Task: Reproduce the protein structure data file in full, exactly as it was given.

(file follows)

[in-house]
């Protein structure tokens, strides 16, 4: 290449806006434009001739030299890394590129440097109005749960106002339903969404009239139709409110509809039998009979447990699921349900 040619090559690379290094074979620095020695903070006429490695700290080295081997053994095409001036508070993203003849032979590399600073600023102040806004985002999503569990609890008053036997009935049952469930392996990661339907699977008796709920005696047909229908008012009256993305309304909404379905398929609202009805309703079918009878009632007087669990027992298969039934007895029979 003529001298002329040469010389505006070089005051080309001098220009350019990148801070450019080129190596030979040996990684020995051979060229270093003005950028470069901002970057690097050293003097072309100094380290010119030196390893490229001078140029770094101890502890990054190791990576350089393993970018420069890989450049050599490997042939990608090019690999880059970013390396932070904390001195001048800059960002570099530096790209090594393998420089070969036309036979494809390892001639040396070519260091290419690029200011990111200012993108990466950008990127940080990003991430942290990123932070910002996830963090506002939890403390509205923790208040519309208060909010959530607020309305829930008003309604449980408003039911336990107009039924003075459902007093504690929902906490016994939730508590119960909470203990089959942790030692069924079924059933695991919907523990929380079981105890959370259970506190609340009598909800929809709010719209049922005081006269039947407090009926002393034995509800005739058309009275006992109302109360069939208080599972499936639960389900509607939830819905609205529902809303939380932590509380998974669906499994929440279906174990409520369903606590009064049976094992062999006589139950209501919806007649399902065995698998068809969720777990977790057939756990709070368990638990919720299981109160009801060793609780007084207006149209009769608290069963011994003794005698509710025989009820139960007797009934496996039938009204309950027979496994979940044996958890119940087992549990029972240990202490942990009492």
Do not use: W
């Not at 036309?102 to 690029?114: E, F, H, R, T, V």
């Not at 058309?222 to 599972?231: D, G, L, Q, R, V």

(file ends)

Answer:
[in-house]
């Protein structure tokens, strides 16, 4: 290449806006434009001739030299890394590129440097109005749960106002339903969404009239139709409110509809039998009979447990699921349900 040619090559690379290094074979620095020695903070006429490695700290080295081997053994095409001036508070993203003849032979590399600073600023102040806004985002999503569990609890008053036997009935049952469930392996990661339907699977008796709920005696047909229908008012009256993305309304909404379905398929609202009805309703079918009878009632007087669990027992298969039934007895029979 003529001298002329040469010389505006070089005051080309001098220009350019990148801070450019080129190596030979040996990684020995051979060229270093003005950028470069901002970057690097050293003097072309100094380290010119030196390893490229001078140029770094101890502890990054190791990576350089393993970018420069890989450049050599490997042939990608090019690999880059970013390396932070904390001195001048800059960002570099530096790209090594393998420089070969036309036979494809390892001639040396070519260091290419690029200011990111200012993108990466950008990127940080990003991430942290990123932070910002996830963090506002939890403390509205923790208040519309208060909010959530607020309305829930008003309604449980408003039911336990107009039924003075459902007093504690929902906490016994939730508590119960909470203990089959942790030692069924079924059933695991919907523990929380079981105890959370259970506190609340009598909800929809709010719209049922005081006269039947407090009926002393034995509800005739058309009275006992109302109360069939208080599972499936639960389900509607939830819905609205529902809303939380932590509380998974669906499994929440279906174990409520369903606590009064049976094992062999006589139950209501919806007649399902065995698998068809969720777990977790057939756990709070368990638990919720299981109160009801060793609780007084207006149209009769608290069963011994003794005698509710025989009820139960007797009934496996039938009204309950027979496994979940044996958890119940087992549990029972240990202490942990009492």
Do not use: W
């Not at 036309?102 to 690029?114: E, F, H, R, T, V």
């Not at 058309?222 to 599972?231: D, G, L, Q, R, V």